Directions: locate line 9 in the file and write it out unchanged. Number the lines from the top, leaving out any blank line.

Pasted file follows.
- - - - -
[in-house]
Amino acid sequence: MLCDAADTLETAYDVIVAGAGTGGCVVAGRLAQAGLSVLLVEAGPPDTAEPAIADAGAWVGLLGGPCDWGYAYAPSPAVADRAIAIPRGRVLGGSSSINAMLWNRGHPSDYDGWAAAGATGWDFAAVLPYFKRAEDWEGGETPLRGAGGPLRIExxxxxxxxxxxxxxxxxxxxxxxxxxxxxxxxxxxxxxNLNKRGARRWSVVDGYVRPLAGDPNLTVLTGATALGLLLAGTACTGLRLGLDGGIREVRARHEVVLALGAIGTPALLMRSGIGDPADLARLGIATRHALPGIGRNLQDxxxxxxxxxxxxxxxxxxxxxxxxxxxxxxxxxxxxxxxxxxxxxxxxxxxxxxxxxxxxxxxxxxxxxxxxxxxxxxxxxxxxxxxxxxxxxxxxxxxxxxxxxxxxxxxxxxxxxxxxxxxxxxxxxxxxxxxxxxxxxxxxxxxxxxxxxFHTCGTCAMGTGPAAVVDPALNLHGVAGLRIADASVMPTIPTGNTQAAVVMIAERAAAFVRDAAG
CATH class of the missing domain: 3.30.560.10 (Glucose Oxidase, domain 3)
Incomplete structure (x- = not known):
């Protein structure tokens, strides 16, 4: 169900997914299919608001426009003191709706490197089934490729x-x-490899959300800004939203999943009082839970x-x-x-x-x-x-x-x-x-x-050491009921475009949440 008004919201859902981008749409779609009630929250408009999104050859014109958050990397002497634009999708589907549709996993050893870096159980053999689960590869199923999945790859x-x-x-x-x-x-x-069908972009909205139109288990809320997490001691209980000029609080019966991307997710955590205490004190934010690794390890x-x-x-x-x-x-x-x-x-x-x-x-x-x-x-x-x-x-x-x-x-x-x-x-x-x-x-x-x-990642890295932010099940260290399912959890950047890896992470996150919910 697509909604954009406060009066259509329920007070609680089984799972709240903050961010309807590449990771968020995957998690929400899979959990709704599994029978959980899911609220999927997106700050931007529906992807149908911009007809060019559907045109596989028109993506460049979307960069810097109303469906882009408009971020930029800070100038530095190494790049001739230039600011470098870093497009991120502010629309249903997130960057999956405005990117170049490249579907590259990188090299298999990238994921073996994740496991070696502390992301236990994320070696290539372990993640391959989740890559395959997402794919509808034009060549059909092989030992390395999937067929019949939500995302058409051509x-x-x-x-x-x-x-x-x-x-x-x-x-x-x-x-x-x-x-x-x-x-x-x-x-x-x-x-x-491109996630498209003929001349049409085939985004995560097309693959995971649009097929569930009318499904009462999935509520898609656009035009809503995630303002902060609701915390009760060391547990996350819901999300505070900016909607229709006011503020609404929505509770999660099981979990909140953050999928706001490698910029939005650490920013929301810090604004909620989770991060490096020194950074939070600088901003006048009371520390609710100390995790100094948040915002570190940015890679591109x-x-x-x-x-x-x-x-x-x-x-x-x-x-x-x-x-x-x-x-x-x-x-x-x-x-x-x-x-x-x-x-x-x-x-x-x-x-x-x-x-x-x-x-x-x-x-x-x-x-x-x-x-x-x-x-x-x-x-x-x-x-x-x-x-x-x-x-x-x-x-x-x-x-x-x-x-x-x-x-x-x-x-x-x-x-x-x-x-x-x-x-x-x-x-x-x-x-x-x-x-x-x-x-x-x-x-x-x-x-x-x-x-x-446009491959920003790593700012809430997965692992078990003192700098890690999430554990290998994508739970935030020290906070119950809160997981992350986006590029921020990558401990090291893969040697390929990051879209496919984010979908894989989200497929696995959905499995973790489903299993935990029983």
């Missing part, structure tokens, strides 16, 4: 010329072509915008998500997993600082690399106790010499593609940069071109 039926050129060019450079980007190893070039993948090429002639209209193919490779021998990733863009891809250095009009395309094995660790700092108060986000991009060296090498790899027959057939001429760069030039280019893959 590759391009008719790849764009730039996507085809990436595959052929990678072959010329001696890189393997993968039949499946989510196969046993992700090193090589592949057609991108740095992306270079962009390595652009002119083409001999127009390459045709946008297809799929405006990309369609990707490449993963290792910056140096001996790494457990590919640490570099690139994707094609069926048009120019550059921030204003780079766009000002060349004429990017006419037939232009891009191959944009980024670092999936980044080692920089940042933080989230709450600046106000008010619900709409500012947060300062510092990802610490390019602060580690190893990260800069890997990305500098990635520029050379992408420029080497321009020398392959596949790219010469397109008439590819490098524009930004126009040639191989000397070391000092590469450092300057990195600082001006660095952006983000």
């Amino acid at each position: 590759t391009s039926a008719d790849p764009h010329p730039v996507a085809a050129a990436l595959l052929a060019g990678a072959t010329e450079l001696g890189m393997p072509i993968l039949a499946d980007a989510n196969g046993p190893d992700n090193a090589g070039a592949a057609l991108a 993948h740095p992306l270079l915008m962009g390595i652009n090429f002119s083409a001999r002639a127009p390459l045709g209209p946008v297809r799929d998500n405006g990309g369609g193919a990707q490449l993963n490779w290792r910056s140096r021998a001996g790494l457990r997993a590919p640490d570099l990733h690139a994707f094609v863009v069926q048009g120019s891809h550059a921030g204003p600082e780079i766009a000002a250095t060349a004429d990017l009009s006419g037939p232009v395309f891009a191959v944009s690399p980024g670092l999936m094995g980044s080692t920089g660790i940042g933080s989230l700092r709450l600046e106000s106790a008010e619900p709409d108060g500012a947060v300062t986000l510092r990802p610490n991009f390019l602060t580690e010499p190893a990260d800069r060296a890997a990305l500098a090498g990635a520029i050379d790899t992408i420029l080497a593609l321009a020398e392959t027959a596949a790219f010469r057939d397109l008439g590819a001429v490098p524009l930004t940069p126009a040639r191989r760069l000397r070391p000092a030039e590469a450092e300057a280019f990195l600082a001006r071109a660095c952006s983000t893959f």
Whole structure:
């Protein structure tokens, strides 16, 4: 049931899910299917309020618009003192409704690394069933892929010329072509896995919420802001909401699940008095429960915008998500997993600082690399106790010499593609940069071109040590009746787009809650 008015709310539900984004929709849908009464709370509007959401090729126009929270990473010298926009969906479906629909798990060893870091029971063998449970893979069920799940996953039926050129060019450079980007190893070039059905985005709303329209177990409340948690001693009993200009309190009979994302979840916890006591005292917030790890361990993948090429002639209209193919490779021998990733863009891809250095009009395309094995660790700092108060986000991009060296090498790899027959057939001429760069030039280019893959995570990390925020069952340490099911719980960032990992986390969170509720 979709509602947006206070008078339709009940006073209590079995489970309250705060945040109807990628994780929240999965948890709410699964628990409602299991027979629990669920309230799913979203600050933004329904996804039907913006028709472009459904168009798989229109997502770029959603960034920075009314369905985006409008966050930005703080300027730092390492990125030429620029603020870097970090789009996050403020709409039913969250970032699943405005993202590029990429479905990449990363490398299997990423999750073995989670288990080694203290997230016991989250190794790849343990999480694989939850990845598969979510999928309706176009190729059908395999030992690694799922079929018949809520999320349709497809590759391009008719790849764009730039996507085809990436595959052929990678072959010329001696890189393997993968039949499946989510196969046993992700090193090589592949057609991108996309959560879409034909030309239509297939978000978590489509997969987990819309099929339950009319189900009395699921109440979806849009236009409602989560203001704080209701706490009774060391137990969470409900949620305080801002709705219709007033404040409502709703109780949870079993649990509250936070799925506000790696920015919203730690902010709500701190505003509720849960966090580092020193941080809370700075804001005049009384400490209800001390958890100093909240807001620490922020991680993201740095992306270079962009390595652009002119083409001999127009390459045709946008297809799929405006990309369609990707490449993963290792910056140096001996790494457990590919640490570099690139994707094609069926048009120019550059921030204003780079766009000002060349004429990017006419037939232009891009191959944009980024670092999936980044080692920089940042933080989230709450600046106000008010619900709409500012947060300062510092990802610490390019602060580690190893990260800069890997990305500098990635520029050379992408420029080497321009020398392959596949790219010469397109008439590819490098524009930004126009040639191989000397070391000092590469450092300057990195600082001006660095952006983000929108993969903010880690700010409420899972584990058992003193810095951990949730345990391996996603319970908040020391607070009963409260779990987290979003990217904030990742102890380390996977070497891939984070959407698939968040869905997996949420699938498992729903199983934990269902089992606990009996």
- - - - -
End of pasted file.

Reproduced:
């Protein structure tokens, strides 16, 4: 049931899910299917309020618009003192409704690394069933892929010329072509896995919420802001909401699940008095429960915008998500997993600082690399106790010499593609940069071109040590009746787009809650 008015709310539900984004929709849908009464709370509007959401090729126009929270990473010298926009969906479906629909798990060893870091029971063998449970893979069920799940996953039926050129060019450079980007190893070039059905985005709303329209177990409340948690001693009993200009309190009979994302979840916890006591005292917030790890361990993948090429002639209209193919490779021998990733863009891809250095009009395309094995660790700092108060986000991009060296090498790899027959057939001429760069030039280019893959995570990390925020069952340490099911719980960032990992986390969170509720 979709509602947006206070008078339709009940006073209590079995489970309250705060945040109807990628994780929240999965948890709410699964628990409602299991027979629990669920309230799913979203600050933004329904996804039907913006028709472009459904168009798989229109997502770029959603960034920075009314369905985006409008966050930005703080300027730092390492990125030429620029603020870097970090789009996050403020709409039913969250970032699943405005993202590029990429479905990449990363490398299997990423999750073995989670288990080694203290997230016991989250190794790849343990999480694989939850990845598969979510999928309706176009190729059908395999030992690694799922079929018949809520999320349709497809590759391009008719790849764009730039996507085809990436595959052929990678072959010329001696890189393997993968039949499946989510196969046993992700090193090589592949057609991108996309959560879409034909030309239509297939978000978590489509997969987990819309099929339950009319189900009395699921109440979806849009236009409602989560203001704080209701706490009774060391137990969470409900949620305080801002709705219709007033404040409502709703109780949870079993649990509250936070799925506000790696920015919203730690902010709500701190505003509720849960966090580092020193941080809370700075804001005049009384400490209800001390958890100093909240807001620490922020991680993201740095992306270079962009390595652009002119083409001999127009390459045709946008297809799929405006990309369609990707490449993963290792910056140096001996790494457990590919640490570099690139994707094609069926048009120019550059921030204003780079766009000002060349004429990017006419037939232009891009191959944009980024670092999936980044080692920089940042933080989230709450600046106000008010619900709409500012947060300062510092990802610490390019602060580690190893990260800069890997990305500098990635520029050379992408420029080497321009020398392959596949790219010469397109008439590819490098524009930004126009040639191989000397070391000092590469450092300057990195600082001006660095952006983000929108993969903010880690700010409420899972584990058992003193810095951990949730345990391996996603319970908040020391607070009963409260779990987290979003990217904030990742102890380390996977070497891939984070959407698939968040869905997996949420699938498992729903199983934990269902089992606990009996």